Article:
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Dates RRS feed

  • Question

  • I have two dates on my form, one date is inserted in my split form by the end user: based on the date inserted how can I add 1095 days to a second date for which I want to use to send and e-mail in Outlook? I'll trigger the reminder at 30 days - I just wish the three year anniversary to populate automatically. 

    I've tried for weeks now on and off.

    Sunday, May 26, 2019 4:31 PM

All replies

  • Set the Control Source property of an unbound control in a form or report to:

        =DateAdd("yyyy",3,[DateInserted])

    Or use the same expression to return a computed column in a query.  The expression to return the date 30 days before the third anniversary would be:

        DateAdd("yyyy",3,[DateInserted])-30


    Ken Sheridan, Stafford, England

    Sunday, May 26, 2019 4:57 PM
  • Thank you Ken.

    The scenario is, I have created a database with a split form which has eight different dates when my peers have completed each one of eight mandatory learning e-learning modules. When a date is within thirty days of being out of compliance the back colour turns yellow then on the actual date the back colour turns red. Once the end user inserts the date of completion pf an e-learning module I want the other Date/Time text box to automatically populate minus the thirty days and it is this date I will use to calculate the thirty days so DateAdd is not suitable. In a Query I would use EG datenum:[Date1] – [Date2] in the Criteria Row I would use Between 1 And 30. I do not want the end user having to calculate the other date [they’re would be a training issue].

    I am aware I might have written this too complicated, it’s rather like trying to explain how to tie a shoelace but I could demonstrate how to tie a shoelace better than I could explain.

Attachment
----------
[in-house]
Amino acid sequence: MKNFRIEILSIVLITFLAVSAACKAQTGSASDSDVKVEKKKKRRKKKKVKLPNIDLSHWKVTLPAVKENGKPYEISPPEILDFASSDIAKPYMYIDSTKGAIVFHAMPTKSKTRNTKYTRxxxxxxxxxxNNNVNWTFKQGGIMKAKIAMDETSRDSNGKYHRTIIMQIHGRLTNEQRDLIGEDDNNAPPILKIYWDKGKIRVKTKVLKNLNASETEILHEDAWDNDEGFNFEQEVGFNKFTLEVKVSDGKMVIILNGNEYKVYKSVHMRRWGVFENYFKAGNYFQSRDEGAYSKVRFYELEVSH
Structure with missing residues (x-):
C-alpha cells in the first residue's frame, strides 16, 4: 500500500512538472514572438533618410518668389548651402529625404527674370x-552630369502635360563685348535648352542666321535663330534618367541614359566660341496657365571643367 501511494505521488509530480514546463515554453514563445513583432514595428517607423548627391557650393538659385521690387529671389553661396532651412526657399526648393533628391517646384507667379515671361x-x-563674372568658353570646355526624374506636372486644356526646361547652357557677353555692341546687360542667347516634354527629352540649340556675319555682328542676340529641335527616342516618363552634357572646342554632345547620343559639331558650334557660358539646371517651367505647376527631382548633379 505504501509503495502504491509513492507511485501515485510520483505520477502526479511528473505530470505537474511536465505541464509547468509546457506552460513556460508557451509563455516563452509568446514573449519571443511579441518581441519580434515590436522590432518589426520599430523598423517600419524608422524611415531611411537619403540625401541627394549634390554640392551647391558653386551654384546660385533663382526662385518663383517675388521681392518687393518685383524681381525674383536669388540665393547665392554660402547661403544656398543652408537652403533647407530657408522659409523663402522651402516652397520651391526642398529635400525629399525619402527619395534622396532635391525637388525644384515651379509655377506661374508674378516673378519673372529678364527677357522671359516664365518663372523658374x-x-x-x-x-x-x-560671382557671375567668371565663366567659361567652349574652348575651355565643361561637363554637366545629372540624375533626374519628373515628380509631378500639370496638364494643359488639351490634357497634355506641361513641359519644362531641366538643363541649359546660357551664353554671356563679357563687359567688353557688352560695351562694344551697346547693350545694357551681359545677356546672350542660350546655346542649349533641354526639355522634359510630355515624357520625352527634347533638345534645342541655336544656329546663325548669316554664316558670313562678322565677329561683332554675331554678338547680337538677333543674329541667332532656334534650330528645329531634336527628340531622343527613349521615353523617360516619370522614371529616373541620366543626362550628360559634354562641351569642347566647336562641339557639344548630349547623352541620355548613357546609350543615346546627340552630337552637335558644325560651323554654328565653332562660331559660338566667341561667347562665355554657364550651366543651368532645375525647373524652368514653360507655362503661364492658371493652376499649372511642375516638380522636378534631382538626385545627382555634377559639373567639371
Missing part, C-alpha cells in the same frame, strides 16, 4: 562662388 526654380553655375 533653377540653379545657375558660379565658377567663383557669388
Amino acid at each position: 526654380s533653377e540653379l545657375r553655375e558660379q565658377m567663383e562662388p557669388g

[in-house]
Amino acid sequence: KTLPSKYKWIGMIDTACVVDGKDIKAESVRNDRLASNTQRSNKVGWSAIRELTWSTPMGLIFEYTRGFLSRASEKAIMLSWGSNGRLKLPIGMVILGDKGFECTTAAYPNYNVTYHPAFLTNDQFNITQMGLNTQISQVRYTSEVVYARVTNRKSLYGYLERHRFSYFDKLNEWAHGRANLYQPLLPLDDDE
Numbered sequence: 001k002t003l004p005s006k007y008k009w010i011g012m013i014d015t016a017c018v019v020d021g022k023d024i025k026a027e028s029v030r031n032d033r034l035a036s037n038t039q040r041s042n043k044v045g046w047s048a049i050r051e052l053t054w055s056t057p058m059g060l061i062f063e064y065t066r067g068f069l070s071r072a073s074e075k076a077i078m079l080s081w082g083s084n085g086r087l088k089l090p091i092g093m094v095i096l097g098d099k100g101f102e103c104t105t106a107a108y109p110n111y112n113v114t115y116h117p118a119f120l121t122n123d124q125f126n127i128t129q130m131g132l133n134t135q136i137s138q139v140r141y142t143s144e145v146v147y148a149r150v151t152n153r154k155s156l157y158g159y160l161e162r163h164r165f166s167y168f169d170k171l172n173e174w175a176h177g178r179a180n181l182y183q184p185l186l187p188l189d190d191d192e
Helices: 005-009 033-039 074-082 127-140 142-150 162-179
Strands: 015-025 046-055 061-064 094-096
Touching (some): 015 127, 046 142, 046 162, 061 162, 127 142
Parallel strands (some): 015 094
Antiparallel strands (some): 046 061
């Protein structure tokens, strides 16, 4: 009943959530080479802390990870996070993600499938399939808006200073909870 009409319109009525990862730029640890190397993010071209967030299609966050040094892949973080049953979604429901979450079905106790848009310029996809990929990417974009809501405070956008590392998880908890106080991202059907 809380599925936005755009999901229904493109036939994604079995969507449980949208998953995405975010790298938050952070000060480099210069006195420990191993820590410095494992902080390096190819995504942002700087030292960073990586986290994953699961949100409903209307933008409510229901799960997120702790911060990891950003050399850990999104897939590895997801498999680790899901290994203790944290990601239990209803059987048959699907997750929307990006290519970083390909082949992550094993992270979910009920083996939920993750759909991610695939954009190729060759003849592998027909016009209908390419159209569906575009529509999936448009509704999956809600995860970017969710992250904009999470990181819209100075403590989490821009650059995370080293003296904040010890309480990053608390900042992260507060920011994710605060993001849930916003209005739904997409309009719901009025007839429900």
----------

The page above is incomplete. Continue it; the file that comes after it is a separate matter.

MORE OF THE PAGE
Sunday, May 26, 2019 9:30 PM
  • Here are some examples in the debug window with some literal dates.  Date literals have been entered in the ISO standard of YYYY-MM-DD, but are returned in the UK format of dd/mm/yyyy; that merely reflects the settings on my system.

    First, as you asked originally, to add three years to a date:

    ? DateAdd("yyyy",3, #2019-05-26#)
    26/05/2022

    To determine if a date is within 30 days of the third anniversary date:

    ? #2022-04-01# > DateAdd("yyyy",3, #2019-05-26#)-30
    False
    ? #2022-05-01# > DateAdd("yyyy",3, #2019-05-26#)-30
    True

    The DateAdd function can also be used to subtract intervals from a date.  Subtraction is just negative addition, so you simply enter a negative value.  So, to compute the date 30 days prior to the third anniversary:

    ? DateAdd("d",-30,DateAdd("yyyy",3, #2019-05-26#))
    26/04/2022

    Or, using simple date arithmetic:

    ? DateAdd("yyyy",3, #2019-05-26#)-30
    26/04/2022

    It's important that when computing a value which is determined by another value only the source value is stored in a column in a table.  The derived values must be computed by expressions like the above to eliminate any possibility of update anomalies, which would be possible if a derived value were assigned to a column in a base table.

    To conditionally colour the controls in a form is a simple matter of conditional formatting using expressions which return a Boolean TRUE or FALSE, such as that illustrated above to determine if a date is within 30 days of the third anniversary date.  In place of the date literals #2022-04-01# and #2022-05-01# used in my examples, the VBA.Date function would normally be used to return the current date, on the basis of which the conditional formatting would be applied in real time.  To determine when the third anniversary has been reached or exceeded for instance:

    ? VBA.Date >= DateAdd("yyyy",3, #2019-05-26#)
    False

    ? VBA.Date >= DateAdd("yyyy",3, #2016-05-26#)
    True

    When applying the conditional formatting the above must be the first condition, and that to determine if a date is within 30 days of the third anniversary date must be the second.  The second will only come into play if the first evaluates to False.

    Ken Sheridan, Stafford, England

    Sunday, May 26, 2019 11:00 PM